Banking on Bank Loan ETFs

Amid liquidity concerns, bank loan, or senior loan, exchange traded funds have taken some lumps this year, but with fears of higher interest rates still prominent, investors should not ignore this once beloved corner of the fixed income market.

Since the senior loans have rates that adjust periodically, the floating-rate loans offer investors an alternative method of earning yields with little or no interest-rate risk. Due to their floating rate component, bank loans are seen as an attractive alternative to traditional corporate bonds in a rising rate environment.

The interest rate flexibility offered by ETFs such as the PowerShares Senior Loan Portfolio (NYSEArca: BKLN) and the SPDR Blackstone/GSO Senior Loan ETF (NYSEArca: SRLN) and the Highland/iBoxx Senior Loan ETF (NYSEArca: SNLN) has been displayed during previous spikes in ten-year year Treasury yields. [Bank Loan ETFs Back in Style]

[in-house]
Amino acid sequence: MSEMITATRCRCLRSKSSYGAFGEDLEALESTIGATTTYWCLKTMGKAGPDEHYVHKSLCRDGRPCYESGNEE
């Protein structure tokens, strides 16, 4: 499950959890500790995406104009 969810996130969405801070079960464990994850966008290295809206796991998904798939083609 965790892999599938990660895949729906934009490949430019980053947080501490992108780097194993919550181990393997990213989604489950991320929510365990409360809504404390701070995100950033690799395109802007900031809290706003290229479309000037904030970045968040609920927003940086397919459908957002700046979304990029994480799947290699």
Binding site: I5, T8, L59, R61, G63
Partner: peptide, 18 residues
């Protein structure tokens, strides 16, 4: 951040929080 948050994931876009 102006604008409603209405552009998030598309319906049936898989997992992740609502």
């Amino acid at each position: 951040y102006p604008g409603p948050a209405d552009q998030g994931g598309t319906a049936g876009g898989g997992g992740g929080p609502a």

For example, in 2013, BKLN returned 4.1% while SRLN, which debuted in the second quarter of that year, gained 1.8% while the iShares 20+ Year Treasury Bond ETF (NYSEArca: TLT) and the Vanguard Total Bond Market ETF (NYSEArca: BND) lost 13.4% and 2.1%, respectively. Interestingly, bank loan ETFs like BKLN, SRLN and SNLN hold high-yield bonds, but that did not lead to increased volatility when Treasury yields surged two years ago.

Volatility for BKLN and SRLN in 2013 averaged just 1.75% while TLT’s volatility was 13.1%. The 2013 volatility on the iShares iBoxx $ High Yield Corporate Bond ETF (NYSEArca: HYG) was 6.2%, according to ETF Replay data.

Lower default rates could continue supporting bank loan ETFs.